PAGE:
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What are you reading?

Discussion in 'The Watering Hole' started by angloasturian, Jan 28, 2011.

  1. angloasturian

    angloasturian Mu-43 Veteran

    Seeing the great success of the 'What are you listening to?' thread I thought it might be interesting to start a 'What are you reading?´one as well.
    I'm presently reading an absolutely hilarious book called 'Narrow dog to Carcassonne' by Terry Darlington. It's about a trip he made on a canal narrowboat with his wife and dog, from Stone (near Stoke-on-Trent), where he lives, down to London via canals, then across the Channel and through Belgium and France down to Carcassonne! He has an amazing comic flair as a writer, sprinkles his text with all types of literary allusions and can also produce some quite poetic descriptions.
     
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  2. Narnian

    Narnian Nobody in particular ...

    Aug 6, 2010
    Midlothian, VA
    Richard Elliott
    Just finished (for at least the fifth time) Isaac Asimov's "Foundation Trilogy". probably my favorite science fiction series of all time.

    Am just starting Carlos Ruiz Zafón's "The Angel's Game", the follow-on to "The Shadow of the Wind" which I read last year and loved.

     
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  3. apicius9

    apicius9 Mu-43 Veteran

    348
    Feb 1, 2010
    Honolulu, Hawaii
    Student papers :(
     
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  4. eternallurker

    eternallurker Mu-43 Rookie

    24
    Dec 22, 2010
    I just read during lunch time (very short book) "Allegro ma non troppo" - by Carlo Cipolla (I have no clue what that translates to in English).
    This has to be one of the best books I've ever read.

    Specially the part regarding "The fundamental laws of human stupidity". This stuff should be taught in High School. :biggrin:

    I'm also reading (dare I say it...) "World War Z" by Max Brooks.
    Don't judge me.. I have a thing for zombies and post apocalyptic scenarios.
    Although usually I just watch it on bad films. This is the first time I read a book about the genre.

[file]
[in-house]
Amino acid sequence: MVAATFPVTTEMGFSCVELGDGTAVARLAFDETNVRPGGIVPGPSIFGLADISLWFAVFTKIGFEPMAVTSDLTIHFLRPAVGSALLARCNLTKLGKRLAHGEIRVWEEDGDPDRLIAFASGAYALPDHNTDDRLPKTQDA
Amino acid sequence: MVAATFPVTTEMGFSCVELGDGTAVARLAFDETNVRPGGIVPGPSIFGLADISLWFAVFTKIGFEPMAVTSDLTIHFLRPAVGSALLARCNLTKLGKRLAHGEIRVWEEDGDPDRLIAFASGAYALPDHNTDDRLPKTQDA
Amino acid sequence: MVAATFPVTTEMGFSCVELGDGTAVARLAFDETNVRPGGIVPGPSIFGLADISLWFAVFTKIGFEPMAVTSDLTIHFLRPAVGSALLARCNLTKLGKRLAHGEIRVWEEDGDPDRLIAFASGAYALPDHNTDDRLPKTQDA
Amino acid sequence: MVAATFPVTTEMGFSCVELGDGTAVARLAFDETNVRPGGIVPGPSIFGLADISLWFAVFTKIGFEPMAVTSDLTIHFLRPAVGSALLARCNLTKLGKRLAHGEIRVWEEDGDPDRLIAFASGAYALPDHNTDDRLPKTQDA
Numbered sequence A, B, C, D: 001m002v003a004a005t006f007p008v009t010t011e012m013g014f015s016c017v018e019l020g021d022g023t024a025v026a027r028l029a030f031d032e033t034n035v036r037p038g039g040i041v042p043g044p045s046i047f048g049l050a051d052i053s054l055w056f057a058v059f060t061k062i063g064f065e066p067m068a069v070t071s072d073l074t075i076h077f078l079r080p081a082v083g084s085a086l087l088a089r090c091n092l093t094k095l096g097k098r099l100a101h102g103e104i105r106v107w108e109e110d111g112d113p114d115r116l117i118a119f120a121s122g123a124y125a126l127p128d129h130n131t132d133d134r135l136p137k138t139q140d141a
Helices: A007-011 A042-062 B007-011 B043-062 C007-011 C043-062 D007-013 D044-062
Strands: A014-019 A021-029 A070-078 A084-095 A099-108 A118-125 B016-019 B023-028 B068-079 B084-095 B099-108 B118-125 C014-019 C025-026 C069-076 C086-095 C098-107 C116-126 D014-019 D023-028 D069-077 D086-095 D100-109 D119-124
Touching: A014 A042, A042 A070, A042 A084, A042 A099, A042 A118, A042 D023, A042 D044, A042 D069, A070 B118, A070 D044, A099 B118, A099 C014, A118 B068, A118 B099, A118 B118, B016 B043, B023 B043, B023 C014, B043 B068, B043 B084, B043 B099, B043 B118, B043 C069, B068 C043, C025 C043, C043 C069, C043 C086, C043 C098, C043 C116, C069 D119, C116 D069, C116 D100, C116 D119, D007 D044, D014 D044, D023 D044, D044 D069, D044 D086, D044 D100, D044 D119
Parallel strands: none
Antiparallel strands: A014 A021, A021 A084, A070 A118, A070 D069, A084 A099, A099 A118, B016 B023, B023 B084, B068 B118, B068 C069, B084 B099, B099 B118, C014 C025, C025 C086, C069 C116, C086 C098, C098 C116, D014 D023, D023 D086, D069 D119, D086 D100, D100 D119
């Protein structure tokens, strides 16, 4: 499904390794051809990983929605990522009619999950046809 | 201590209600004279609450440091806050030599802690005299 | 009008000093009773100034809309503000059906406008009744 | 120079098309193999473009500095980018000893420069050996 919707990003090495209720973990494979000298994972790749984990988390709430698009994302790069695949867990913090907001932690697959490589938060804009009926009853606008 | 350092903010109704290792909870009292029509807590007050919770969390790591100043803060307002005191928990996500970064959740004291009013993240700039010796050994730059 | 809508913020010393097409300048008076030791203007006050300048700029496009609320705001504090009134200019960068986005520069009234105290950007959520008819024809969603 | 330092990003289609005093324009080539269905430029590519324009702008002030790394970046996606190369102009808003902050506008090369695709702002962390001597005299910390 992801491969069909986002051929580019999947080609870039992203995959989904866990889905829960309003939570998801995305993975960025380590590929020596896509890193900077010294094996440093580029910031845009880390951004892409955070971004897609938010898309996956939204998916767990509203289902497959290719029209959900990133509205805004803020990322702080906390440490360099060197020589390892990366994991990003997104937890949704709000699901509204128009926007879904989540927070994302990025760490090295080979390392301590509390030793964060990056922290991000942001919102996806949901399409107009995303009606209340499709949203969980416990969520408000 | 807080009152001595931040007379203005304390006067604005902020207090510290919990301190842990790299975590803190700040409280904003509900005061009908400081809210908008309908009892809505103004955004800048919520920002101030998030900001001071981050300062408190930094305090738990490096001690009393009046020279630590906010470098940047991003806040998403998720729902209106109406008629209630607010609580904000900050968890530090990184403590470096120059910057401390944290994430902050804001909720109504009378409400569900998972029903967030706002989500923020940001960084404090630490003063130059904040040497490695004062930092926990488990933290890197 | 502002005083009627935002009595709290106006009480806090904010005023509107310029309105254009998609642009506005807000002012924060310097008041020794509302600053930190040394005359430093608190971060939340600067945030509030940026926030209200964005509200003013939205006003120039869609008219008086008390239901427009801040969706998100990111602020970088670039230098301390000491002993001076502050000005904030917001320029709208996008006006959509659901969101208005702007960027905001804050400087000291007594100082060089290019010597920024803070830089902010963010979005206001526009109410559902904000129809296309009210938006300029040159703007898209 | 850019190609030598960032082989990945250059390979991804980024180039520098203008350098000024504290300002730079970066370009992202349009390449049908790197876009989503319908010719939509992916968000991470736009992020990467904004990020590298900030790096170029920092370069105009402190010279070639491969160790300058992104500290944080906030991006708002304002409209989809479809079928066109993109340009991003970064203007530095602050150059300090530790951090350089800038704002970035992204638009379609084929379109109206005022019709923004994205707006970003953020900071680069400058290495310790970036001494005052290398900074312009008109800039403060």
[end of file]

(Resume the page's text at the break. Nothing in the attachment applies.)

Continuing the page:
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  5. alans

    alans Mu-43 Veteran

    340
    Feb 28, 2010
    The Girl Who Kicked the Hornet's Nest.
    There is a photo reference - photographic memory plays a large part in the stories.
     
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  6. pdh

    pdh Mu-43 Top Veteran

    598
    May 6, 2010
    about 1/50s at f/1.4
     
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  7. Fiddler

    Fiddler Mu-43 Veteran

    I'm right there with you! Love the Zombie genre. World War Z is great :smile:

     
  8. russell

    russell Mu-43 Regular

    98
    Dec 28, 2010
    Victoria, Australia
    I am reading local history books -- working on 'then and now' photo series.
     
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  9. BBW

    BBW Super Moderator Emeritus

    alans, I read this trilogy by Stieg Larsson and found them some of the best page turners I'd read in years! With all the hype, I'd told myself I wouldn't want to read them...but then a friend lent me the first book when I was on a vacation and - I was hooked!:wink:

    Right now, I'm looking for a good book, so Colin (anglostaurian) many thanks for starting this off, and my thanks to all who have added to it and will continue to.:bravo-009:
     
  10. BlairMacKay

    BlairMacKay Mu-43 Regular

    160
    Jan 8, 2010
    Calgary, Alberta
    I just finished "Island" by Aldous Huxley. I'm about to start "The White Tiger" by Arvind Adiga. I really enjoyed Island, and haven't really heard anything aobut the white tiger.
     
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  11. joele

    joele Mu-43 Regular

    161
    Dec 12, 2010
    Melbourne, Australia
    "Road to Rome" by Ben Kane, book 3 in the series..
     
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  12. Rick Waldroup

    Rick Waldroup Mu-43 Veteran